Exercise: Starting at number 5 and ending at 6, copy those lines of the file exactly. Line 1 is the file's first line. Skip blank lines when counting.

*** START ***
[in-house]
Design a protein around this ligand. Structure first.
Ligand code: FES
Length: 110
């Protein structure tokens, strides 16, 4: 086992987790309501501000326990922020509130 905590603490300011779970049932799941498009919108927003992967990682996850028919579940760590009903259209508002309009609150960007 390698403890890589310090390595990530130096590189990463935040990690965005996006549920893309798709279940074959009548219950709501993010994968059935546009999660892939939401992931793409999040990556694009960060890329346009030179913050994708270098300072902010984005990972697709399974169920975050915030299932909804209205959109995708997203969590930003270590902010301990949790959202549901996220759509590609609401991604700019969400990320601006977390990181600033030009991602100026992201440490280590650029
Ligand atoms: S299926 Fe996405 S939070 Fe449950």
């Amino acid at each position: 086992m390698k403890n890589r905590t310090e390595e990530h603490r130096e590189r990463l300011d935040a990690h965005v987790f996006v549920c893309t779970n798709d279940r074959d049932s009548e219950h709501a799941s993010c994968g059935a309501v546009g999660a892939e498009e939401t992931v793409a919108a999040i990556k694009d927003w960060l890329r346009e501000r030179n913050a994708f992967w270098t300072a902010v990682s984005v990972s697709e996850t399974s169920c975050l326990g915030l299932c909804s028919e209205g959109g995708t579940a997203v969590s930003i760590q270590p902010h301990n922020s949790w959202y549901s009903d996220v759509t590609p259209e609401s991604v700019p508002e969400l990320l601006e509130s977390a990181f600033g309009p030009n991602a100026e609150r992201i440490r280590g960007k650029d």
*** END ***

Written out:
């Protein structure tokens, strides 16, 4: 086992987790309501501000326990922020509130 905590603490300011779970049932799941498009919108927003992967990682996850028919579940760590009903259209508002309009609150960007 390698403890890589310090390595990530130096590189990463935040990690965005996006549920893309798709279940074959009548219950709501993010994968059935546009999660892939939401992931793409999040990556694009960060890329346009030179913050994708270098300072902010984005990972697709399974169920975050915030299932909804209205959109995708997203969590930003270590902010301990949790959202549901996220759509590609609401991604700019969400990320601006977390990181600033030009991602100026992201440490280590650029
Ligand atoms: S299926 Fe996405 S939070 Fe449950």